The Gremlins lunch box still has its amazing thermos inside. The door on the Fisher Price barn still makes that mooing sound. The Cabbage Patch Kids still smell like baby powder. And the old sewing machine that lifts out of a table — my grandmother had one just like it. It was powered by a lever near your knee. She taught me how to sew on it when I was 10.
Every time I walk into a Goodwill, or log onto their Facebook Marketplace, it’s a trip down memory lane. Not a short path, but a long and winding road to a familiar place where many life experiences would occur.
Do you ever wonder why you get so nostalgic about certain things? What takes you back? Sometimes it can be very random.
I hadn’t thought about the old toy oven I had when I was 7 in years and years. It had been my mom’s before mine. Yes, it worked just like a real oven, and I cooked real food on it in my room without supervision. It was the 70s. Don’t judge.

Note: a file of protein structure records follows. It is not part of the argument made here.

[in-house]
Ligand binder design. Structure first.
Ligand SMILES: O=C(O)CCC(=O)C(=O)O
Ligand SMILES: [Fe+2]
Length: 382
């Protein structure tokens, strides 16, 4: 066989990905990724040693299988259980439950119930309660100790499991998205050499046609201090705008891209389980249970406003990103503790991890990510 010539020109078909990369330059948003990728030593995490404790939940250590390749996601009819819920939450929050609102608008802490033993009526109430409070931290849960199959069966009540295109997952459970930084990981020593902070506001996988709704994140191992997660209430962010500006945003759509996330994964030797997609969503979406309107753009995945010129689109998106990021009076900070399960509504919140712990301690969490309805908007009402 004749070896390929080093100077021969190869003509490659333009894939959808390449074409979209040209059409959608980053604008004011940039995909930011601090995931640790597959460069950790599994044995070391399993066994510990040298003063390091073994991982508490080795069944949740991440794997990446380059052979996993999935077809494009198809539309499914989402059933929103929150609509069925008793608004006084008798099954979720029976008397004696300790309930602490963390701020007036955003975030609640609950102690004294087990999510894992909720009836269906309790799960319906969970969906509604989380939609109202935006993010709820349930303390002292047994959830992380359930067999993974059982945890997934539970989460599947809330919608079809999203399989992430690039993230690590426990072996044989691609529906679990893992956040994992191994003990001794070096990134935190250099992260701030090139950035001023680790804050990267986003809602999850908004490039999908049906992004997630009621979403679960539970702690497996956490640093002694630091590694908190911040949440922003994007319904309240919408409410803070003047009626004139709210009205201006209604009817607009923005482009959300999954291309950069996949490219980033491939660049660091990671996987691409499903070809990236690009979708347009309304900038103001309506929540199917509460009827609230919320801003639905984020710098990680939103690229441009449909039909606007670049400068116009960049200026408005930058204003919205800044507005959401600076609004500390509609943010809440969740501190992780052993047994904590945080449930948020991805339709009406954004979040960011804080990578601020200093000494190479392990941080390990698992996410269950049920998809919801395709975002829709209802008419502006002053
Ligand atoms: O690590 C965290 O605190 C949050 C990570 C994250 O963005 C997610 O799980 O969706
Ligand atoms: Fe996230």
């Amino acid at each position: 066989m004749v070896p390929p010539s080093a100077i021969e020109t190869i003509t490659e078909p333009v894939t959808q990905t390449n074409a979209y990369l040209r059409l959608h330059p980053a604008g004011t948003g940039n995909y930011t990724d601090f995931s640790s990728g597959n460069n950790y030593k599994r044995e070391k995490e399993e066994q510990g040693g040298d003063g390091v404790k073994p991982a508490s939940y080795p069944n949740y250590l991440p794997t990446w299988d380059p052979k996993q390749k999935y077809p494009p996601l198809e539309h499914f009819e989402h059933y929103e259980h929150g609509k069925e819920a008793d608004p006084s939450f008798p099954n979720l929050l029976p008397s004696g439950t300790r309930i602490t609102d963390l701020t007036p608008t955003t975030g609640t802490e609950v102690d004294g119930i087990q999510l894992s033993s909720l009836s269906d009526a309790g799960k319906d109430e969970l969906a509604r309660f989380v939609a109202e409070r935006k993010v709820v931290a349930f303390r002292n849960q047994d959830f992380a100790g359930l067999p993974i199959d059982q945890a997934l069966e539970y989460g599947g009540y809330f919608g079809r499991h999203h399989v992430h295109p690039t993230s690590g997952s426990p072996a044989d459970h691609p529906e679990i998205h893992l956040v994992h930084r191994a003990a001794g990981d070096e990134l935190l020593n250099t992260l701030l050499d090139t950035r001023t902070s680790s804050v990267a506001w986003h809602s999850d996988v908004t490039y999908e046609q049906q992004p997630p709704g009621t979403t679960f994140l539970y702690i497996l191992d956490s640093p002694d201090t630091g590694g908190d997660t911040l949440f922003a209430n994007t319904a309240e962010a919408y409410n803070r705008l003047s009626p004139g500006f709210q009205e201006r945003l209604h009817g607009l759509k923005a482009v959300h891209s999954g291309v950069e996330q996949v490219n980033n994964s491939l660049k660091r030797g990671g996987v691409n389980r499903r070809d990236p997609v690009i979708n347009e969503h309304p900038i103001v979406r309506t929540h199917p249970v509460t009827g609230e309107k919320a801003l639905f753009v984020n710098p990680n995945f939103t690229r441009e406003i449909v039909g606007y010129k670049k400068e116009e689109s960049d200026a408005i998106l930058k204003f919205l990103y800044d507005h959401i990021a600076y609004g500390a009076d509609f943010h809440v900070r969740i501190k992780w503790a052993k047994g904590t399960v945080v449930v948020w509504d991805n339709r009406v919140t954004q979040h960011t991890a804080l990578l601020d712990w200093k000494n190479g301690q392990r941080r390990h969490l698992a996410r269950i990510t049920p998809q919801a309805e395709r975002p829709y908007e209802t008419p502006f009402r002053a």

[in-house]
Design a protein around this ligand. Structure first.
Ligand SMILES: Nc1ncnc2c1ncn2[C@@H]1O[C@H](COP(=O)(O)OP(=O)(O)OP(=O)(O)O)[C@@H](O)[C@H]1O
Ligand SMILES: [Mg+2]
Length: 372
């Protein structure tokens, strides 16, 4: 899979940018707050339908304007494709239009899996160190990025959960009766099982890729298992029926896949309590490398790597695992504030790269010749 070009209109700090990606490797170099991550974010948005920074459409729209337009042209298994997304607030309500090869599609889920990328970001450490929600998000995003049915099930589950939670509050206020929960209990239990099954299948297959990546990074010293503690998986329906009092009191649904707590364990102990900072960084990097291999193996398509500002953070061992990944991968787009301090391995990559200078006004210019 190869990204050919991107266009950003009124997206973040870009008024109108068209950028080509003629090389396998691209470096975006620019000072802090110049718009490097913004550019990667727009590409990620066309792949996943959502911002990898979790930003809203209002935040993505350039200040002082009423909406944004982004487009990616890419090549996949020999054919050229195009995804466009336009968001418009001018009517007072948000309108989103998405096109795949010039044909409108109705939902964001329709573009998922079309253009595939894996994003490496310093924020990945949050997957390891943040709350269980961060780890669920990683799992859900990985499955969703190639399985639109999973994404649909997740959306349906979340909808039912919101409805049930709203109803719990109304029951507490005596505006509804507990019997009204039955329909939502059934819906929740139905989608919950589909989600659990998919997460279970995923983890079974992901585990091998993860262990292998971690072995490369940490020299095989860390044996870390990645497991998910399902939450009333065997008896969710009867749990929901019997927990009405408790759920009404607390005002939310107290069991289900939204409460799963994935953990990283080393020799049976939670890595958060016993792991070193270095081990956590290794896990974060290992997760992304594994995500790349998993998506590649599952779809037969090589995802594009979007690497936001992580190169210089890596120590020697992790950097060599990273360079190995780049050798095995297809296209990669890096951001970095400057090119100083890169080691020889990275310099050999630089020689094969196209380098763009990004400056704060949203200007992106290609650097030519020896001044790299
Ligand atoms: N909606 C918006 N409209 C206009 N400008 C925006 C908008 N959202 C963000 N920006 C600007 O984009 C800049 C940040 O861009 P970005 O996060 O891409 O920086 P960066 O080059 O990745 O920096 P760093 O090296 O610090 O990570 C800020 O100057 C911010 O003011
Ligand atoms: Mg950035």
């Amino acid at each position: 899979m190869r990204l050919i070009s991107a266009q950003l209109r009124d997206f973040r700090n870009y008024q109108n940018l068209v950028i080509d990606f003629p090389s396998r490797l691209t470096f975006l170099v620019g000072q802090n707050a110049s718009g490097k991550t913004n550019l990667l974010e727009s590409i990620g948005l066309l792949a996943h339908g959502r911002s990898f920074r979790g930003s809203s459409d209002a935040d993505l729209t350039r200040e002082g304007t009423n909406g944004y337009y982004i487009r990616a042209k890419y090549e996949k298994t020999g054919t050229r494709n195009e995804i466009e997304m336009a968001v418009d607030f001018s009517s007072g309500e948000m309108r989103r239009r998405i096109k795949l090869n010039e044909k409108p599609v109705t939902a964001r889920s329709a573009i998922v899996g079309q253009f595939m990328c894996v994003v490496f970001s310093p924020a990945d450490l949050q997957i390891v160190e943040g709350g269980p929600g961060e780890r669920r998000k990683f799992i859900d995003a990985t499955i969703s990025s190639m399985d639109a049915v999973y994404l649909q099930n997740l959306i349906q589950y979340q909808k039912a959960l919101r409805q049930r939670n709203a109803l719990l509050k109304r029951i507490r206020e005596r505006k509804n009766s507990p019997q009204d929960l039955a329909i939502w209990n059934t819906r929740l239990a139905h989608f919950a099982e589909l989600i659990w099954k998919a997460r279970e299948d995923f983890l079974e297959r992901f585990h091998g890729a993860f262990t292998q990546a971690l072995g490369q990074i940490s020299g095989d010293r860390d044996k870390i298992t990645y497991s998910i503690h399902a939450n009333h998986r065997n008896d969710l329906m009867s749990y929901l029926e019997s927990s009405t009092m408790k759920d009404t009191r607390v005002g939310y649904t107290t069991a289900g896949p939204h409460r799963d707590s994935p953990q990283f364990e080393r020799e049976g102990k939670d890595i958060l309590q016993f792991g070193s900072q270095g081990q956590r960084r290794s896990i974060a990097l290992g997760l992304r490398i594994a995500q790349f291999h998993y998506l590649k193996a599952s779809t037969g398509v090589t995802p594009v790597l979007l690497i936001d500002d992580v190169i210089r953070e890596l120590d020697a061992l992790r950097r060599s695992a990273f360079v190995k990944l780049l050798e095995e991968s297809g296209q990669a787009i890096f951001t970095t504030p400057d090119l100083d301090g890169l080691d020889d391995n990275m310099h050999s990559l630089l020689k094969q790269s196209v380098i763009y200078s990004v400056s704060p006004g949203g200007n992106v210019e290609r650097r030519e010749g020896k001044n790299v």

But when I saw an oven just like it at Goodwill, with its frayed power cord and missing knob, it took all the restraint I had not to buy it. I could fix it! But what would I do with it? Even if it did work (which it didn’t), I don’t often bake cakes the size of a silver dollar or fry up a single chicken nugget. But it’s something about the power of memories that puts immense value on an item that someone else had given away. I had restraint, and let it go.
When strolling through the aisles, I can find a lot of things I need. It’s the items, though, that bring back memories that I really want to take home. Why is that? Isn’t it strange that we can stand in the middle of a thrift store and all the sudden become introspective, analyzing life decisions and points in our lives that were special … or maybe not so special?
One thing I do know, it’s that fond memories are important to hold on to, and sometimes, you should go ahead and buy the oven.